Angiographic Restenosis in Coronary Bifurcations Treatment with Regular Drug Eluting Stents and Dedicated Bifurcation Drug-Eluting BiOSS Stents: Analysis Based on Randomized POLBOS I and POLBOS II Studies
Aim. The marked variation in bifurcation anatomy has brought about an ongoing search for stents specifically constructed for coronary bifurcations. This study aimed to analyze the angiographic restenosis prevalence and patterns and predictors of different patterns in dedicated bifurcation BiOSS® vs. current generation drug-eluting stents implanted in coronary bifurcation lesions based on data from two clinical trials POLBOS I and II. Methods. Dedicated bifurcation BiOSS® stents were compared with drug-eluting stents (DES) in patients with stable coronary artery disease (CAD) or nonST elevation acute coronary syndrome (NSTE-ACS) (POLBOS I: paclitaxel eluting BiOSS® Expert vs. DES; POLBOS II: sirolimus eluting BiOSS® LIM vs. DES). Provisional T-stenting was the default treatment. Morphological pattern of in-stent restenosis according to the modified Mehran classification adopted for bifurcation lesions was assessed with bifurcation dedicated quantitative coronary angiographic software (CAAS 5.11, Pie Medical Imaging BV, the Netherlands). Results. In total, 445 patients (222 patients in BiOSS group and 223 patients in DES group) were included into the analysis. In BiOSS group 24 cases of angiographic restenosis (10.8%) were recorded, and in DES group—17 cases (7.6%) at 12 months follow-up (angiographic control rate at follow-up—90.3%). In the BiOSS group most frequent medina classification in restenotic cases was 0.0.1 (25%), whereas in DES—0.0.1 and 0.1.1 (23.5% each). In multivariate regression analysis proximal optimization technique was associated with the lowest chance for restenosis (OR 0.15, 95% CI 0.06–0.33), whereas diabetes on insulin was associated with the highest risk of restenosis (OR 4.21, 95% CI 1.48–11.44). Conclusions. The angiographic restenosis pattern and rate was similar between BiOSS stents and DES in coronary bifurcation lesions.
Avβ3 Single-Stranded DNA Aptamer Attenuates Vascular Smooth Muscle Cell Proliferation and Migration via Ras-PI3K/MAPK Pathway
Objectives. To observe the effect of avβ3 single-stranded (ss) DNA on proliferation and migration of vascular smooth muscle cells (VSMCs) and its potential mechanism. Background. Percutaneous transluminal coronary angioplasty (PTCA) is currently the preferred method for the treatment of coronary heart disease. However, vascular restenosis still occurs after PTCA treatment, severely affecting the clinical efficacy of PTCA. Integrin avβ3, which is widely expressed on various cell surfaces, plays an important role in the proliferation and migration of VSMCs. Methods. In this experiment, we used systematic evolution of ligands by exponential enrichment (SELEX) to screen out avβ3 ssDNA, which has high affinity and specificity to the avβ3 protein. MTT, Transwell, and cell scratch assays were carried out to examine the effect of avβ3 ssDNA on the proliferation and migration of VSMCs. Flow cytometry was performed to detect apoptosis and cell cycle progression. The effect of avβ3 ssDNA on the Ras-phosphatidylinositol-4,5-bisphosphate 3-kinase/mitogen-activated protein kinase (PI3K/MAPK) signaling pathway was evaluated by quantitative reverse transcription polymerase chain reaction and western blot. Results. In the present study, we found that avβ3 ssDNA significantly decreased the expression of osteopontin, focal adhesion kinase, Ras, p-PI3K, and p-MAPK at both mRNA and protein levels (). Avβ3 ssDNA also inhibited VSMC proliferation and migration while promoting apoptosis (), as demonstrated by the upregulation of the proapoptotic proteins Bax and active caspase 3 (). Conclusions. The findings suggest that avβ3 ssDNA inhibited the proliferation and migration of VSMCs by suppressing the activation of Ras-PI3K/MAPK signaling.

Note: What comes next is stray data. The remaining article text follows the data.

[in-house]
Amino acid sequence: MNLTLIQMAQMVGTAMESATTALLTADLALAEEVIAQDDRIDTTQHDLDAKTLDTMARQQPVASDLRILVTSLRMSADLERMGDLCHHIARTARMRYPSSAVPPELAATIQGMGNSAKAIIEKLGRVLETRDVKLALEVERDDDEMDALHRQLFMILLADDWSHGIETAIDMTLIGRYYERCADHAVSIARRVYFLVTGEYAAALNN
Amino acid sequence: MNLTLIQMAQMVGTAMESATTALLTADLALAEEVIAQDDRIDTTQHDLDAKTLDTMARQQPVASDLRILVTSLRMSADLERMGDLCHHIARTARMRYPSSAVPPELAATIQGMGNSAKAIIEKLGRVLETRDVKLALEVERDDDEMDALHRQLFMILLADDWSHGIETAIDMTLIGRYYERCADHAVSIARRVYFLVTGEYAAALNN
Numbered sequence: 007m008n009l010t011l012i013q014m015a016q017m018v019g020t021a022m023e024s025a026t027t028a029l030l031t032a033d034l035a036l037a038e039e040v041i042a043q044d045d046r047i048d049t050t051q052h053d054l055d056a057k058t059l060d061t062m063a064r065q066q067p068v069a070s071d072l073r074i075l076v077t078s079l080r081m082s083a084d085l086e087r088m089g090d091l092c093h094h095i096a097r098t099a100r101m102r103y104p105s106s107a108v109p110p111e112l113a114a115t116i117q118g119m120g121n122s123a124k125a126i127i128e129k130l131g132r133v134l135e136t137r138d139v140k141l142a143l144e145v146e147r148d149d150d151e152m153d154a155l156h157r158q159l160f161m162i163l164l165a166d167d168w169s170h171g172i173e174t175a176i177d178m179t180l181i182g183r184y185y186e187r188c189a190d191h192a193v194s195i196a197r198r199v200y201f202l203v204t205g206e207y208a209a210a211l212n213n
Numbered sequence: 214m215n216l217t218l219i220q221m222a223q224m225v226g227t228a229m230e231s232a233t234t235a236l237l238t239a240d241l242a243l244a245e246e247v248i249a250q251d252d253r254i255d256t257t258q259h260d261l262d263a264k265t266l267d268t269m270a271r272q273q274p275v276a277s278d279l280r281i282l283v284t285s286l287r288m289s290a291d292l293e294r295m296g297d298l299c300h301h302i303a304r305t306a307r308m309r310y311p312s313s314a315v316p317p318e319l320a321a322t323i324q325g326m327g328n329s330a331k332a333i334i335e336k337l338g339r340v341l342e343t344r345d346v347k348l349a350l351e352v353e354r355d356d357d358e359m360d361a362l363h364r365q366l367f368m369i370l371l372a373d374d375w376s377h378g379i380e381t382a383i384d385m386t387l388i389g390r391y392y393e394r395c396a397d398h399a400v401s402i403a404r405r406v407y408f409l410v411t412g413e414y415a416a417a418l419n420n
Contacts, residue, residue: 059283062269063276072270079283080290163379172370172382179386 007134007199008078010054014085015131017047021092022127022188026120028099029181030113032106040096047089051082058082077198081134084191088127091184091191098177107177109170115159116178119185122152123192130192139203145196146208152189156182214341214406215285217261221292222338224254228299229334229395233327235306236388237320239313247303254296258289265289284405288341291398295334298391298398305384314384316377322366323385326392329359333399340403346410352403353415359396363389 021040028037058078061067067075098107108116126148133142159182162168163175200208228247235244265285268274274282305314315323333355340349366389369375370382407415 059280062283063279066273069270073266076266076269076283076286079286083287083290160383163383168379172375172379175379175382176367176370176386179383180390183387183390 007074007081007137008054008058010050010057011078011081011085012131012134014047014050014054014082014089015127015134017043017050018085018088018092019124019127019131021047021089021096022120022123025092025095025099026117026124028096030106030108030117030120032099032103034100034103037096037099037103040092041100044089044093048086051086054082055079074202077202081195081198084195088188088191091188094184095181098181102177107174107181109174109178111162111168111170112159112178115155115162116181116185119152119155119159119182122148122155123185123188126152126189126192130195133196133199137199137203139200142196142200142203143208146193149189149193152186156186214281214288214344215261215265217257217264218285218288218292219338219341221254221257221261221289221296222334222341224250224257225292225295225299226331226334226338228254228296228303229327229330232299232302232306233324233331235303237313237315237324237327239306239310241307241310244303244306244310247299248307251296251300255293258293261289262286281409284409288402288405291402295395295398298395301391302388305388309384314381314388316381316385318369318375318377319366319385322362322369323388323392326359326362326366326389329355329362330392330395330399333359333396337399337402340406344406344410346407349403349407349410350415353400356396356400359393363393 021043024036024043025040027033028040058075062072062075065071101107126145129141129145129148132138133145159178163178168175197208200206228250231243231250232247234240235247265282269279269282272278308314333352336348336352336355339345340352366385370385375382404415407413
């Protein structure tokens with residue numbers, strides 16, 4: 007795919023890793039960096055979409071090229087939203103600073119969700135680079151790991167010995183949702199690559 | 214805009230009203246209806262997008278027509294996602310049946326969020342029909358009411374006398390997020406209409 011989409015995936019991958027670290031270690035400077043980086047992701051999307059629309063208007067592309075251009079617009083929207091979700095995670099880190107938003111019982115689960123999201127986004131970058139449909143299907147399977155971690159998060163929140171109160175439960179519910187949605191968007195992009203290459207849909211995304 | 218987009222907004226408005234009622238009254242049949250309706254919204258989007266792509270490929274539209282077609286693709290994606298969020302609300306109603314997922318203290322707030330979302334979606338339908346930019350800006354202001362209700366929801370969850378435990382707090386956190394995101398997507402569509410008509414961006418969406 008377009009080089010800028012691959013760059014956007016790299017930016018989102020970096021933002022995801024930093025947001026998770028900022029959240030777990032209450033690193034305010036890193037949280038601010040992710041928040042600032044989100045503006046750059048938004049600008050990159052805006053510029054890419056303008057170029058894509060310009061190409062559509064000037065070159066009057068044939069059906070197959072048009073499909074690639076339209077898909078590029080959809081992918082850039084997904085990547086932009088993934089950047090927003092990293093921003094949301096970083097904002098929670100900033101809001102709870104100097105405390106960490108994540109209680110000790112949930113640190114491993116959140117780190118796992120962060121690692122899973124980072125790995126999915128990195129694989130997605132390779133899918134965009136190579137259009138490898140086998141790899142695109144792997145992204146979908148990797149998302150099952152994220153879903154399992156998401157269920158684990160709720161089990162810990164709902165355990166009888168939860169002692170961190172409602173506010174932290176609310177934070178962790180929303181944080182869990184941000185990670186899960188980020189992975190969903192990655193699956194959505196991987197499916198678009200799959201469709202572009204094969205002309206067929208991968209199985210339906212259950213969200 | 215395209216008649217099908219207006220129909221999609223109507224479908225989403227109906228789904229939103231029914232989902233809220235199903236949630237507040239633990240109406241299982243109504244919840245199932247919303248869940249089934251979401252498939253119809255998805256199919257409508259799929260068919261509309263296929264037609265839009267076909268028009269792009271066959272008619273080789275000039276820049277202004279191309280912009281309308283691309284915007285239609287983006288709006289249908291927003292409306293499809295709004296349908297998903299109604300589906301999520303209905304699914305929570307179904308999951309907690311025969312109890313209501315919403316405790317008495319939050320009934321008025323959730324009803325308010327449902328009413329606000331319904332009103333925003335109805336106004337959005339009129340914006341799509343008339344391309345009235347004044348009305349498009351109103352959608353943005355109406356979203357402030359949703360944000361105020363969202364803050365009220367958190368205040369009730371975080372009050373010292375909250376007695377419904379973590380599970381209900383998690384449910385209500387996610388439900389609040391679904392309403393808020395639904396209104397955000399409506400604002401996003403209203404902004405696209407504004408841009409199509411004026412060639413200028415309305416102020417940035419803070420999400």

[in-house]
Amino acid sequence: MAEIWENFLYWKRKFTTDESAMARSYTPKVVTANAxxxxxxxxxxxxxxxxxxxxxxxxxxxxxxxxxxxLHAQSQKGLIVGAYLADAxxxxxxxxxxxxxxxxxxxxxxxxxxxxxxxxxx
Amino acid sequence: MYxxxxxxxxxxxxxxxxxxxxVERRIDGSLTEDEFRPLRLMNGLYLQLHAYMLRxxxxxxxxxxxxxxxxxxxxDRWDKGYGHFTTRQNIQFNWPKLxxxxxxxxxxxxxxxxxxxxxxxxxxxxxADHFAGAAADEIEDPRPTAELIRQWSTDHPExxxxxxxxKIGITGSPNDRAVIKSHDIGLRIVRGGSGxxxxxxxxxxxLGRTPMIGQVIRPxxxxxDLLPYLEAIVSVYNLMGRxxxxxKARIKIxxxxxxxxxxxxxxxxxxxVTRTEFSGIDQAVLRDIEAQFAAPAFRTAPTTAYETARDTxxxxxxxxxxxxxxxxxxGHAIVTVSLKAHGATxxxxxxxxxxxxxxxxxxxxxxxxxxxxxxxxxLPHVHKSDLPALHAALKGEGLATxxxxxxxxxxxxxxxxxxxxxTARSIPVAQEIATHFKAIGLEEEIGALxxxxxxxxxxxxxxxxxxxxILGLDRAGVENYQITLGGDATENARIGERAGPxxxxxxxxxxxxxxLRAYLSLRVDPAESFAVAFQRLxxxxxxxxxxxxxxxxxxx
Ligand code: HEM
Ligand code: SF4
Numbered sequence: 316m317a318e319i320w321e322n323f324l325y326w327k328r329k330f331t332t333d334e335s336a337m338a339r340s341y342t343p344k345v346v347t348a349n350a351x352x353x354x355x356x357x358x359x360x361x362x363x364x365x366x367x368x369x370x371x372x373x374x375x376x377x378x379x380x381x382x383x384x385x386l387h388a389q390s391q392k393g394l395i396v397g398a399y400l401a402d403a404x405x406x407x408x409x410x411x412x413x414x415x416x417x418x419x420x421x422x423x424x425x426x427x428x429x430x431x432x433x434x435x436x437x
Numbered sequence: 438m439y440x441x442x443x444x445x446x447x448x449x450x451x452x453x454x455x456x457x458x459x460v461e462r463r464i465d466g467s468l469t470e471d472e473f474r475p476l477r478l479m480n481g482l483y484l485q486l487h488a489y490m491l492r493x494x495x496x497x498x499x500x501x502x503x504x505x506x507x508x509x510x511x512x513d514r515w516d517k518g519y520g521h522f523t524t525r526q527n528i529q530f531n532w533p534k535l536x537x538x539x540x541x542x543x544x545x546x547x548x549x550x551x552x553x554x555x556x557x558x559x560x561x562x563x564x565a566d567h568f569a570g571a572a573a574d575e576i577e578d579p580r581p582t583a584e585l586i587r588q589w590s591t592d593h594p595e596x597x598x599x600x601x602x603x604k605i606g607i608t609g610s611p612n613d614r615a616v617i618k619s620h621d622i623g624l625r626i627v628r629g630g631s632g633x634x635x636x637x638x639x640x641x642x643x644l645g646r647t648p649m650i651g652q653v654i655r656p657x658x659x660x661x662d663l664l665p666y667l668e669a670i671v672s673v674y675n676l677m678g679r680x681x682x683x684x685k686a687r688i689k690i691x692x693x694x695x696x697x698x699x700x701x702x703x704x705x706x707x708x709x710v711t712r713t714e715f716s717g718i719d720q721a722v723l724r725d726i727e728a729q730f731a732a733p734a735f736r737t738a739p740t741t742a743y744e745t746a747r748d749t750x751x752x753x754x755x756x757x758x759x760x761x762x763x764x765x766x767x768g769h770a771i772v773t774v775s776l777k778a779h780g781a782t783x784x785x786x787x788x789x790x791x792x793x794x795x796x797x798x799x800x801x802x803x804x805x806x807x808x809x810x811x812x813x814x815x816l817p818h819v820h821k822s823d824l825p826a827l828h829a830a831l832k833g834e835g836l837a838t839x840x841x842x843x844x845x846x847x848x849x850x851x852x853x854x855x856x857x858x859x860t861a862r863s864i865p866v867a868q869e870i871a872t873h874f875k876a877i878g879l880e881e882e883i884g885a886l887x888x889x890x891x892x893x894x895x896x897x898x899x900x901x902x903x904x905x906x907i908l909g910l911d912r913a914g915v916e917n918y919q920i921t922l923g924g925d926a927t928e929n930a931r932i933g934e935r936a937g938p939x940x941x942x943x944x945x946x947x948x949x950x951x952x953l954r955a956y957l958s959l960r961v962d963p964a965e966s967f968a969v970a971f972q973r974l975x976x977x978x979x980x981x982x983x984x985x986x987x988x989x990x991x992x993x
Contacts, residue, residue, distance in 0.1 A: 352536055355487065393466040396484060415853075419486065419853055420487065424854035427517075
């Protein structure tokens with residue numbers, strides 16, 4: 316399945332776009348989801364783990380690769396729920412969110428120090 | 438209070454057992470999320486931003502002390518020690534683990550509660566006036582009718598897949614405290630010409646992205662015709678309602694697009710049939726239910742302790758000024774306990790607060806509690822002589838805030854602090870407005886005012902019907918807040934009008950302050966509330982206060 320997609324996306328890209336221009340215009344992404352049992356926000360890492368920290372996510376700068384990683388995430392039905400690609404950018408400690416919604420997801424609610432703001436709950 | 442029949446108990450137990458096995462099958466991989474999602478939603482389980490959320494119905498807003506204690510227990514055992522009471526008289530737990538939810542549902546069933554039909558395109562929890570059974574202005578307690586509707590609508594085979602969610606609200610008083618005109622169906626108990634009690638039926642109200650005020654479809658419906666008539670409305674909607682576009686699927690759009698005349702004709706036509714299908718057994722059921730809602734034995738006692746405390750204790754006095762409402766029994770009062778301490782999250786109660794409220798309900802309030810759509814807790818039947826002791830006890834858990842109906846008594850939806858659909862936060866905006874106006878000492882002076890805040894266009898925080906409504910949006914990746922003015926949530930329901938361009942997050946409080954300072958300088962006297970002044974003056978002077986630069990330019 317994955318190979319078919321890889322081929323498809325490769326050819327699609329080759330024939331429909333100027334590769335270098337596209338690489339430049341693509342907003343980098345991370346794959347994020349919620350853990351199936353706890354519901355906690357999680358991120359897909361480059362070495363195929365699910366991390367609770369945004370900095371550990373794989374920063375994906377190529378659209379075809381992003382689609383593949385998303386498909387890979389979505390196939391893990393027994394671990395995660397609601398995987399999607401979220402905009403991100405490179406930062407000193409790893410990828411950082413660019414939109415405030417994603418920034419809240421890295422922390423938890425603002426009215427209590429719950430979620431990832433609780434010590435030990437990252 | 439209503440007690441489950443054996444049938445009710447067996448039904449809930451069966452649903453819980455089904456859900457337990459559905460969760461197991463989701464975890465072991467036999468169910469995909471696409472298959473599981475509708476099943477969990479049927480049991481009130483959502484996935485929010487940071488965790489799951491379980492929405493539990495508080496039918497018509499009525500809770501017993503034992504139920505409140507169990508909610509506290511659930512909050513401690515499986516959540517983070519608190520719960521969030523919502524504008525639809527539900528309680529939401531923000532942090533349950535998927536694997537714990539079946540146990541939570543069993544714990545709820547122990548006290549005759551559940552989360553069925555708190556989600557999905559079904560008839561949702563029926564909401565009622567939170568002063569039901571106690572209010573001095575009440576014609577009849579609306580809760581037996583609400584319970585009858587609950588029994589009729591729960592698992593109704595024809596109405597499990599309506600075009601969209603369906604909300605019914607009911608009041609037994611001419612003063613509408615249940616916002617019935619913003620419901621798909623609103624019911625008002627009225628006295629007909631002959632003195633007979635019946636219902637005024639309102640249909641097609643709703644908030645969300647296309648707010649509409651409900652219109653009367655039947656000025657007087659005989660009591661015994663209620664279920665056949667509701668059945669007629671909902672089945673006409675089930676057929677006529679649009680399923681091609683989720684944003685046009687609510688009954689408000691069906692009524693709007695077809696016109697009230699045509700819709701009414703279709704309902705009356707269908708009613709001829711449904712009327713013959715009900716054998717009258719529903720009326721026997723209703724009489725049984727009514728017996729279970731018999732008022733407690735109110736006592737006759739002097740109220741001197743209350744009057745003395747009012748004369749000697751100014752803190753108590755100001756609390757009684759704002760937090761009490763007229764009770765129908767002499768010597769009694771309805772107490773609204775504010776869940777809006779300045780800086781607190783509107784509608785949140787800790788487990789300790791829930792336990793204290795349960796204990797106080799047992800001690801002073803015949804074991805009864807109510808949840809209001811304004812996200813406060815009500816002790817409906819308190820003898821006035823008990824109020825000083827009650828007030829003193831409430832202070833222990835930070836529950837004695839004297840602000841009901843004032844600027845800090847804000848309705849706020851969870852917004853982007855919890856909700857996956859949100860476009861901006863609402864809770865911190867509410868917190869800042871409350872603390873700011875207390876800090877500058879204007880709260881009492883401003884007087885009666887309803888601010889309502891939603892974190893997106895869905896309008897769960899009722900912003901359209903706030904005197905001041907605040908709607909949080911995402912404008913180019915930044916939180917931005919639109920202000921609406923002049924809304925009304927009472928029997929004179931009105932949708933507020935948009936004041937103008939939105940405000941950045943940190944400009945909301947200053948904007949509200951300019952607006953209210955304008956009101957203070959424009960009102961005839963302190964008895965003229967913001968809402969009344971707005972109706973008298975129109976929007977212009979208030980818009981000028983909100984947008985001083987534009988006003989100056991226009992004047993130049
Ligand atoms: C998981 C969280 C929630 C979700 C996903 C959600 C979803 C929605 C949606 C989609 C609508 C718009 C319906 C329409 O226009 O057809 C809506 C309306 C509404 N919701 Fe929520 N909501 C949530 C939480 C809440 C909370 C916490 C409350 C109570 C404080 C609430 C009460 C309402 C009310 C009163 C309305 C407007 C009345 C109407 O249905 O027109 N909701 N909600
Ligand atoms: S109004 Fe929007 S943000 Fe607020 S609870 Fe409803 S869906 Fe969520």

Drug-Coated Balloons versus Everolimus-Eluting Stents in Patients with In-Stent Restenosis: A Pair-Wise Meta-Analysis of Randomized Trials
Objective. This study aimed to compare the effectiveness of drug-coated balloons (DCB) with everolimus-eluting stents (EES) in the treatment of in-stent restenosis (ISR) and the differential relative effect of DCB in patients with drug-eluting stents (DES)-ISR and bare metal stents (BMS)-ISR. Background. The efficiency and safety of DCB and EES need to be assessed for the treatment of ISR. Methods. A systematic literature search was conducted using PubMed and EMBASE to identify all relevant studies. Angiographic results and clinical events were separately assessed. Subgroup meta-analyses were performed according to the type of restenosed stent. Results. Six randomized trials with 1134 patients were included. The overall pooled outcomes indicated that DCB was associated with lower minimum lumen diameter (mean difference , 95% CI = −0.29 to −0.05, ) and higher target lesion revascularization (risk ratio , 95% CI = 1.36 to 4.18, ) than EES. However, the subgroup meta-analyses showed that DCB was inferior to EES only in DES-ISR patients, with lower minimum lumen diameter (, 95% CI = −0.37 to −0.14, ), higher percent diameter stenosis (, 95% CI = 1.33 to 9.42, ), more binary restenosis (, 95% CI = 1.20 to 3.58, ), and higher incidence of target vessel revascularization (, 95% CI = 1.22 to 3.50, ) and target lesion revascularization (, 95% CI = 1.28 to 4.22, ). No differences in angiographic results and clinical events were found between DCB and EES in BMS-ISR patients. Conclusions. DCB was inferior to EES in DES-ISR and comparable in BMS-ISR in terms of angiographic results and clinical events.